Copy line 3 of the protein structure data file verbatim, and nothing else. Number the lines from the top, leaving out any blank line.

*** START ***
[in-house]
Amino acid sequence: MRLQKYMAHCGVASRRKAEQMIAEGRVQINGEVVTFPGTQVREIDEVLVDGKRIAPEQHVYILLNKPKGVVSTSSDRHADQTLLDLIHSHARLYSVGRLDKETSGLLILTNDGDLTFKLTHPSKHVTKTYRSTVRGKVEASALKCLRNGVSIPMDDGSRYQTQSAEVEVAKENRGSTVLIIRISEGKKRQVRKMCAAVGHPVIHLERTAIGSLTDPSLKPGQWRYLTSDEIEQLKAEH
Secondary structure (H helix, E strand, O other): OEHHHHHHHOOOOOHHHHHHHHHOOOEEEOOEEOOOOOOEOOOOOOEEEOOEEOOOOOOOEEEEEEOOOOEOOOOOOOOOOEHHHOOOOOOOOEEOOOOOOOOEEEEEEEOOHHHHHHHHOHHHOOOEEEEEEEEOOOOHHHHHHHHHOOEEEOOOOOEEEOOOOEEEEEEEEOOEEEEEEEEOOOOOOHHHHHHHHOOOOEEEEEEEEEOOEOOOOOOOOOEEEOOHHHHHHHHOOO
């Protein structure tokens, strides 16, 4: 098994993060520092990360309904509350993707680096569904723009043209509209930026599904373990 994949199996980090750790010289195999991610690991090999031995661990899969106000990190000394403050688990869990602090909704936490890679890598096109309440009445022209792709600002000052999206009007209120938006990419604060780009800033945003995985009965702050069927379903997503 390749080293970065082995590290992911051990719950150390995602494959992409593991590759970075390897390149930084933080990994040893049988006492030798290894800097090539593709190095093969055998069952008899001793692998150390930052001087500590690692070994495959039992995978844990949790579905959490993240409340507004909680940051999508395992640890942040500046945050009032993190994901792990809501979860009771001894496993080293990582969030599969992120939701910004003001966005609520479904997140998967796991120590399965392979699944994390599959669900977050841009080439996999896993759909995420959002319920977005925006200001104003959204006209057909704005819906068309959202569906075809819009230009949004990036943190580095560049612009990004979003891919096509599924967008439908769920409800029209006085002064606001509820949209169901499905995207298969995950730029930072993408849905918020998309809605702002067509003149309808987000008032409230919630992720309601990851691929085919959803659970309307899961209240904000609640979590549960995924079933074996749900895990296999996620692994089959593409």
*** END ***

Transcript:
Secondary structure (H helix, E strand, O other): OEHHHHHHHOOOOOHHHHHHHHHOOOEEEOOEEOOOOOOEOOOOOOEEEOOEEOOOOOOOEEEEEEOOOOEOOOOOOOOOOEHHHOOOOOOOOEEOOOOOOOOEEEEEEEOOHHHHHHHHOHHHOOOEEEEEEEEOOOOHHHHHHHHHOOEEEOOOOOEEEOOOOEEEEEEEEOOEEEEEEEEOOOOOOHHHHHHHHOOOOEEEEEEEEEOOEOOOOOOOOOEEEOOHHHHHHHHOOO